Science, Gone Mobile

Students walk down a light-filled hallway in the temporary modular buildings holding lab science this year.

Photo by Richard Howard

This summer, as part of the renovation of the Science Center’s L-wing, tens of tons of materials came out of the laboratories—glassware, safety goggles, lab equipment, books and papers, circa-1977 bright-orange plastic bins. What wasn’t recycled or put into long-term storage was moved into an interconnected complex of modular buildings on Gray Lot next to the Science Center, the home for most laboratory science at Wellesley for the academic year.

“The lab trailers are much nicer than I expected, and I think they’re actually doing the job! I was definitely skeptical, but the professors are working hard on a lot of different ways to make them work,” says Meg Berry ’20, president of the Biology and Biochemistry Club. However, she says, the real challenge is navigating the Science Center with the L-wing walled off for construction and the main entrance closed. “Everything is just a bit of a scramble—for professors and students.”

For more on the renovation and construction plans, see “The Science Center, Reimagined.”

You Might Like
  • An architectural rendering of the T.T. and W.F. Chao Foundation Innovation Hub
    The Science Center’s new addition will be sustainable, filled with light, and intuitive to navigate. It will promote collaboration across disciplines and have appropriately sized classrooms, more communal spaces, and better access and views to the surrounding landscape.More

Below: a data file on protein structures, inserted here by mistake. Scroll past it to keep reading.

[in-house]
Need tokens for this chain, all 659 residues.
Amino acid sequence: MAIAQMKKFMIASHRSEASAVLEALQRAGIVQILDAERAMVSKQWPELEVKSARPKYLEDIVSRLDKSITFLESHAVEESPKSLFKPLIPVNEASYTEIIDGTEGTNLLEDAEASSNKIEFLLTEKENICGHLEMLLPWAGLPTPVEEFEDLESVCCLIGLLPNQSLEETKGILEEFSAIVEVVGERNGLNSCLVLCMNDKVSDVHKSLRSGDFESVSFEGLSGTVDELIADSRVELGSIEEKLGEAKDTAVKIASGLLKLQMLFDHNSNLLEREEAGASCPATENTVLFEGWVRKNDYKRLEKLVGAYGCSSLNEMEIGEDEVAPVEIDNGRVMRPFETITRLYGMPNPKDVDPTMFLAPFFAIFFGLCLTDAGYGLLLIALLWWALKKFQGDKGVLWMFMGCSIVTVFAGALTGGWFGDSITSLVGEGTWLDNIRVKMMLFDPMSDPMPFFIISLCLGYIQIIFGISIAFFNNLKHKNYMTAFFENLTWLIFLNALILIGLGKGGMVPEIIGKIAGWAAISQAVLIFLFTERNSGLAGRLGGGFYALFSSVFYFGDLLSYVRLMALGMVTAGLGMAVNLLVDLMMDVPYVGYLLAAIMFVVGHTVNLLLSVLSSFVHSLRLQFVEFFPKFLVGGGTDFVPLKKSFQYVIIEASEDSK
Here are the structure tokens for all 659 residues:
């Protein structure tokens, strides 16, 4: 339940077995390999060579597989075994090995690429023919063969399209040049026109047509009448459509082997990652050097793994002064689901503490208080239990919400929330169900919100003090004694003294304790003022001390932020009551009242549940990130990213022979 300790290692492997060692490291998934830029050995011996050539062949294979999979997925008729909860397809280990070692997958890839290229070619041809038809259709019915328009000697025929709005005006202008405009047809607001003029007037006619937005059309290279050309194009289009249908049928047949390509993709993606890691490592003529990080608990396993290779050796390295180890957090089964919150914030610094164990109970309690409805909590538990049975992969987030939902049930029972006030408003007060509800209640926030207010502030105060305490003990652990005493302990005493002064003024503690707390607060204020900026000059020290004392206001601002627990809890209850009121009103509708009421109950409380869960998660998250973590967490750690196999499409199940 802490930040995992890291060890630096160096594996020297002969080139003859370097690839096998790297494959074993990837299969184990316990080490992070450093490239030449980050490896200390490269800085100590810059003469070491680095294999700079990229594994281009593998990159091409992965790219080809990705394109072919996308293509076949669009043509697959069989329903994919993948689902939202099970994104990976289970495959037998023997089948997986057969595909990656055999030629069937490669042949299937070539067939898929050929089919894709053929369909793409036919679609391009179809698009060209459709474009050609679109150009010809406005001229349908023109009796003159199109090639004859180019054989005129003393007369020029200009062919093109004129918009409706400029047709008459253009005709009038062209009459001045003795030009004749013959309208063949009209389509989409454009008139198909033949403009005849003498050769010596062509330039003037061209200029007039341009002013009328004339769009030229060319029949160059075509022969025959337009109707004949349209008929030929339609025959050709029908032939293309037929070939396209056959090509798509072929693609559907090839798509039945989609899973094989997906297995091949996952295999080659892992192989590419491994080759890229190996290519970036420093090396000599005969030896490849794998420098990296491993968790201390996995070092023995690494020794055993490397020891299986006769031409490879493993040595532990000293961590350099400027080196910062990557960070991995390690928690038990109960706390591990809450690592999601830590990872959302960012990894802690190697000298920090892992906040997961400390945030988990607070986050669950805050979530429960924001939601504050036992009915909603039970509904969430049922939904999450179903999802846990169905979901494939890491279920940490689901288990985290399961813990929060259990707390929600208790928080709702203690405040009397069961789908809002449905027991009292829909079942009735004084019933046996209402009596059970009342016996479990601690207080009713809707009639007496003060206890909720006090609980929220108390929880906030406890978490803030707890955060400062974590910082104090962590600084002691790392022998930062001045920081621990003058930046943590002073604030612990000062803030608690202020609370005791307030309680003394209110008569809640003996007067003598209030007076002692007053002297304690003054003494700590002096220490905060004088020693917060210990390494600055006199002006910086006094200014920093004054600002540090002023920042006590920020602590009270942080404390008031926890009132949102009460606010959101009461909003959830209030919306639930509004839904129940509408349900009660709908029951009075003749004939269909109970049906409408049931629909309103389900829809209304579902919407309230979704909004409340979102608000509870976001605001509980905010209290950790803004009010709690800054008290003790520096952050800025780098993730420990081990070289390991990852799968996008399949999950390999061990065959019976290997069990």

• A photo portrait of Nhia Solari '19
    In July, the College’s comprehensive campaign dedicated to the Wellesley Effect surpassed its ambitious $500 million goal, the largest ever set by a women’s college, concluding a full year ahead of schedule. Meet five members of the community who are already benefiting from that success.More
  • Architectural rendering of the inside of the Global Flora greenhouse.
    This spring, the Margaret C. Ferguson Greenhouses were taken down and a new home for Wellesley’s “laboratory under glass” began to grow: Global Flora, a soaring, C-shaped greenhouse that will expand on Ferguson’s original ideas.More

Post a CommentView Full Policy

We ask that those who engage in Wellesley magazine's online community act with honesty, integrity, and respect. (Remember the honor code, alums?) We reserve the right to remove comments by impersonators or comments that are not civil and relevant to the subject at hand. By posting here, you are permitting Wellesley magazine to edit and republish your comment in all media. Please remember that all posts are public.

This question is for testing whether or not you are a human visitor and to prevent automated spam submissions.